Paul Stothart is vice-president, economic affairs of the Mining Association of Canada. He is responsible for advancing the industry’s interests regarding federal tax, trade, investment, transport and energy issues. www.mining.ca This column was originally published January, 2009.
Few subjects are receiving as much attention in the daily media as that of our societal need to move towards a clean energy economy. This theme was fundamental to the platforms of all the Canadian federal parties in the recent election — each featuring an array of programs supporting this transition.
In the United States, the platform of President-elect Obama talks extensively of hybrid vehicles, electricity from renewable sources, low carbon standards and the ultimate objective of eliminating oil imports from the Middle East and Venezuela within a decade. Republicans in Washington talk of nuclear power, carbon capture and sequestration and battery development, among other initiatives.
Beyond the political and media coverage, it is evident that few subjects offer comparable transformative potential as changes to the world’s energy infrastructure. Developed economies have been driven for two centuries by the industrial combustion of fossil fuel — indeed there has long existed a direct macro-economic correlation of living standards with per-capita energy consumption.
Societies that have been able to efficiently generate and transport energy from fossil sources have become far wealthier than those that cannot. To shift away from this dependency, even in a gradual manner, requires major changes in our underlying financial, fiscal and technological practices.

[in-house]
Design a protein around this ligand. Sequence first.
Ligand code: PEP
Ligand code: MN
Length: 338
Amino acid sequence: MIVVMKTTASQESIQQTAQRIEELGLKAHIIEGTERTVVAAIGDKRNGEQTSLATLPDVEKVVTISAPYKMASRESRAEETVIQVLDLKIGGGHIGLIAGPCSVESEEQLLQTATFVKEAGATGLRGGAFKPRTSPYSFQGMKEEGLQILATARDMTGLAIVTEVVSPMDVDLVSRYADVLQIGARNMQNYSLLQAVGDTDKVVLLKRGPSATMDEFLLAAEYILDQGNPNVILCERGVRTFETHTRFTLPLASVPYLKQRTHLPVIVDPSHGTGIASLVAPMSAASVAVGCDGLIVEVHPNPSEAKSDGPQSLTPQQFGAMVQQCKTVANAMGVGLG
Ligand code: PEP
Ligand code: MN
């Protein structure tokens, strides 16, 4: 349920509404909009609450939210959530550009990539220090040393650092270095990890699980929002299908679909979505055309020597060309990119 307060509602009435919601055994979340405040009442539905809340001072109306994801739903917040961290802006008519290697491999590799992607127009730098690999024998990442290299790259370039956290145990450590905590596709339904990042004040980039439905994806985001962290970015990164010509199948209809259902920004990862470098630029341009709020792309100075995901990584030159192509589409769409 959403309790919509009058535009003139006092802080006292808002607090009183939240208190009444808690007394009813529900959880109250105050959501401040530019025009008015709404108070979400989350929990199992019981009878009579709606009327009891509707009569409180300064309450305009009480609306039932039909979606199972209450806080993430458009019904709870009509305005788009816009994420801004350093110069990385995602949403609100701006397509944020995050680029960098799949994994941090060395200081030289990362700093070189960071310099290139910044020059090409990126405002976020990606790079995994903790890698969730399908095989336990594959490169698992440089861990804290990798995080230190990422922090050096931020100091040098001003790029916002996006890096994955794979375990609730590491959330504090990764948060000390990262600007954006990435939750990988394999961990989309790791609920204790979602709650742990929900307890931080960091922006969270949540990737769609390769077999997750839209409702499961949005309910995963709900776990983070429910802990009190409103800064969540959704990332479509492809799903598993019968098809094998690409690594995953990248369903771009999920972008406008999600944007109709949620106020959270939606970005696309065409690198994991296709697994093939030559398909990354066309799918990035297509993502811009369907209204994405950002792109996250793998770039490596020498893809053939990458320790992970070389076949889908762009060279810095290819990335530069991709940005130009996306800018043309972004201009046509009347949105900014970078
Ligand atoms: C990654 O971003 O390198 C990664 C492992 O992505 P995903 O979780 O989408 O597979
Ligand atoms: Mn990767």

The market potential for new products and technologies associated with such a shift is staggering. As noted in a recent analysis by the UN Environment Program, a combination of climate change worries, growing support from world governments, rising oil prices and ongoing energy security concerns combined to generate a record-setting year of investment in the renewable energy and energy-efficiency industries in 2007. Over $148 billion in new funding entered the sustainable energy sector globally in 2007, up 60 per cent from 2006.
Wind energy attracted the most investment ($50 billion in 2007), while solar power grew most rapidly — attracting $29 billion of new capital and growing at an average annual rate of 254 per cent since 2004.
Regionally, most of the new money flowed into Europe, followed by the United States. However, China, India and Brazil are drawing growing investor interest, their share of new investment growing from 12 per cent in 2004 to 22 per cent in 2007, an increase in absolute terms of 14-fold, from $1.8 billion to $26 billion. These figures, impressive as they are, remain dwarfed by projected levels of future investment. Global investment in sustainable energy technologies and projects is expected to reach $450 billion per year by 2012, rising to $600 billion a year from 2020 onward.
The present demand for clean energy investments, and the substantial growth that lies ahead, cannot be met without the availability of the fundamental building blocks supplied by the mining and minerals industry.
Hybrid vehicles, for example, draw upon nickel hydride batteries as well as cobalt and several rare earth minerals. Catalytic converters require cerium and platinum. Nuclear energy needs uranium as a fuel source, and beryllium, among other minerals, for the reactors. Solar energy cells use tellurium and germanium. Lightweight materials require lithium and niobium. Wind turbines use aluminum, lightweight composites, and steel (iron ore, metallurgical coal), among other minerals and metals. The electronic controls and generators of all these clean energy sources require significant amounts of copper.
The transformative nature of the clean energy economy, and the core supply dependency on minerals and metals, serves to heighten the importance of the world finding and developing new mineral reserves. In the aim of consistency and logic, it is therefore incumbent upon governments, environmental groups, aboriginal groups and other stakeholders to work in support of the mining industry’s effort, in Canada and abroad, to find and develop new mineral reserves in a socially and environmentally responsible manner.